As shown in our study, coating the surface of a cirrhotic liver with coating materials may gain higher engraftment area and survival rate of transplanted tissues than the noncoated cirrhotic liver (Fig. 2). We have tested several coating agents and found that both Matrigel and UPAL showed the best effect in enhancing the transplantation. Matrigel is a soluble and sterile extract of basement membrane proteins derived from the Engelbreth-Holm-Swarm tumor18. It contains several growth factors, such as basic fibroblast growth factor (bFGF), epidermal growth factor (EGF), insulin-like growth factor-1 (IGF-1), PLT-derived growth factor (PDGF), nerve growth factor and transforming growth factor-β (TGF-β)19. The HGF, EGF, TNF-α and IL-6 levels are related to liver regeneration20,21,22. EGF is one of the important factors in hepatocyte proliferation at an early stage in liver regeneration23. Meanwhile, the TGF-β, PDGF and IGF levels are involved in liver fibrosis. TGF-β plays an important role in suppressing hepatocyte proliferation and promoting liver fibrosis24,25. PDGF is a key factor in promoting the proliferation of hepatic stellate cells. It could be secreted by sinusoidal endothelial cells and activated stellate cells26. In our opinion, the growth factors contained in Matrigel may promote the growth and differentiation of the transplanted liver tissues, thereby increasing the engraftment area and survival rate. However, Matrigel is not suitable to be used for clinical application because this material might induce tumor growth27. Instead of Matrigel, we suggest that the UPAL gel is a more suitable coating material for clinical application in fetal liver tissue transplantation. Several reported examples showed that UPAL is safe to be used in biomedical and preclinical application28,29,30. Unlike Matrigel, the UPAL gel is a plant-derived polysaccharide matrix extracted from the cell walls of brown algae28. Thus, it might be free from potential animal pathogens. Furthermore, in vivo biological safety tests based on an international organization for standardization (ISO) and good laboratory practice standards showed that UPAL does not have immunogenicity to the human body31. In addition, the UPAL group provided more CD31- and HNF4α-positive cells than any other groups, illustrating that UPAL coating not only increased the engraftment area but also increased the expression of vascular endothelial cells and hepatocytes. Compared with other coating agents, UPAL yielded the best effect in improving transplant tissue survival rate and replenishing the liver function. Moreover, the intradiscal injection of UPAL gel can suppress lumbar intervertebral disc degeneration and promote the production of extracellular matrix, essential for nucleus pulposus cell function after discectomy31.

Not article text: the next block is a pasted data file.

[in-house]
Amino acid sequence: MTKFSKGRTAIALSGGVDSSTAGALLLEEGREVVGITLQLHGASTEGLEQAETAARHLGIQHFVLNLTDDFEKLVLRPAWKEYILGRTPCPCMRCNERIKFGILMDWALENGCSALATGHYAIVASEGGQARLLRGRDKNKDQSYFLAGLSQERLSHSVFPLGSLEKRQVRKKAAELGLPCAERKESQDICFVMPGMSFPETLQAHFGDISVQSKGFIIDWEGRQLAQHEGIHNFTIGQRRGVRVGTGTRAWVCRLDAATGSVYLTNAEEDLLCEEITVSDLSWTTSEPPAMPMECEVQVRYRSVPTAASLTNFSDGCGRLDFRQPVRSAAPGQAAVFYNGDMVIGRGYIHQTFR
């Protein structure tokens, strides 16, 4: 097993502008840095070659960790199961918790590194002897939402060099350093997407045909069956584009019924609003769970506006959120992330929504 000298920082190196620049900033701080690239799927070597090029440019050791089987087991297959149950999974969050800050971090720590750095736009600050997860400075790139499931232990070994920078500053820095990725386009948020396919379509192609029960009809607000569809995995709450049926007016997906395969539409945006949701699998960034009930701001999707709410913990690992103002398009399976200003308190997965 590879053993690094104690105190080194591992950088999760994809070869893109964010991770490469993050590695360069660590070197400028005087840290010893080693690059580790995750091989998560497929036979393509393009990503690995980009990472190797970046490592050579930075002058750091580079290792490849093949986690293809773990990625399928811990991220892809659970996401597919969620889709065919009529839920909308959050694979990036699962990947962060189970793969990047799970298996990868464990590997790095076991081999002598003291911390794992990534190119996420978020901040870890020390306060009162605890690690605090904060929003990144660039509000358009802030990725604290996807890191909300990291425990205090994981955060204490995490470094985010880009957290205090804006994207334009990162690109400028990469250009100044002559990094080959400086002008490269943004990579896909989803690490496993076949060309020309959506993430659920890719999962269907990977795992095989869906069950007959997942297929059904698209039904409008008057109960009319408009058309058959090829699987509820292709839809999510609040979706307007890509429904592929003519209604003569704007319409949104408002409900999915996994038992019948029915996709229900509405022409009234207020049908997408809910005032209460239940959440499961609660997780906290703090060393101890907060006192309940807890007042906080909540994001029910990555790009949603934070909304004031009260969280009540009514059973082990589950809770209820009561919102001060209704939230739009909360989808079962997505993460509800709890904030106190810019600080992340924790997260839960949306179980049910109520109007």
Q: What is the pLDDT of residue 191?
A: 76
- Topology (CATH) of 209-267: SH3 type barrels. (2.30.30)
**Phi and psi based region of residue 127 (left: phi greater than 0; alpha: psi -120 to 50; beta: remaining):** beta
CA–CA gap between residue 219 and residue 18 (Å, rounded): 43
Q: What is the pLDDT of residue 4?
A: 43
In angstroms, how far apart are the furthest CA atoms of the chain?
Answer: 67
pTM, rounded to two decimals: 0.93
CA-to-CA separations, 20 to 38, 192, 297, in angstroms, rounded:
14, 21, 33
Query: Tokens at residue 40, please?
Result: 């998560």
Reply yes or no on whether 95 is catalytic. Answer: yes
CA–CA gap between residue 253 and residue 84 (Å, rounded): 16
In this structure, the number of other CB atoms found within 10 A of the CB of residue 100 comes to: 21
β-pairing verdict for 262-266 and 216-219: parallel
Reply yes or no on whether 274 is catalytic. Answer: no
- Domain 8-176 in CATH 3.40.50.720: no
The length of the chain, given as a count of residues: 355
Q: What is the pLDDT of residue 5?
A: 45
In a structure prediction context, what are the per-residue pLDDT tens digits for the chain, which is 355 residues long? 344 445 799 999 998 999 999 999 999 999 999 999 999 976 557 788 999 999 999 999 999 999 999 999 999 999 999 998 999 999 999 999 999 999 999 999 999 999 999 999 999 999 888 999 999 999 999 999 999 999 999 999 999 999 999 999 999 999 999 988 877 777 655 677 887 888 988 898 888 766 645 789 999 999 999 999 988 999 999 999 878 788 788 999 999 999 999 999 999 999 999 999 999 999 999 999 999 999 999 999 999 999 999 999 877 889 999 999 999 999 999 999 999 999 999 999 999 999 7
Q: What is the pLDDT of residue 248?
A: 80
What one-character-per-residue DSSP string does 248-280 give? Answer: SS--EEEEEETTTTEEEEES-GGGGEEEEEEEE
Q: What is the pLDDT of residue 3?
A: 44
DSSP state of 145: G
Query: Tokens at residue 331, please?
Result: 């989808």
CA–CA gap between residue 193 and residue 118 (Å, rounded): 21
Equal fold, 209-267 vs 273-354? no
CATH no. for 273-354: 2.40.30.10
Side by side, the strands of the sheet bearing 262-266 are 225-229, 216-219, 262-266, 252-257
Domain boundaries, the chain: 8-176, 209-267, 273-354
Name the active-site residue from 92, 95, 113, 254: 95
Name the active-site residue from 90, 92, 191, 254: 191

In addition, although it is general believed that alginate is non-biodegradable in mammals because of a lack of the corresponding enzyme, recent studies have showed opposite results. Indeed, recent reported have showed that UPAL gel disappears in rabbits at week 12, and in sheep at week 24, after transplantation, and no adverse effects were found in these animals31. Furthermore, it has been suggested that UPAL gel might progressively decline through physiological ion replacement (divalent to monovalent) and hydrolysis31.
In conclusion, we have improved the fetal liver tissue transplantation technology by coating the liver with UPAL. The results in this study proved that UPAL coating is feasible and safe and that it could greatly improve the success rate of liver organoid transplantation to the liver surface. The use of alginate as a wound healing dressing material has a number of advantages such as promoting functional expression of hepatocytes32,33. Moreover, UPAL gel could promote the repair of intervertebral disc and osteochondral defects28,29,30,31. Taken together, the UPAL coating of liver organoid might be a promising alternative method in liver transplantation for cirrhosis treatment.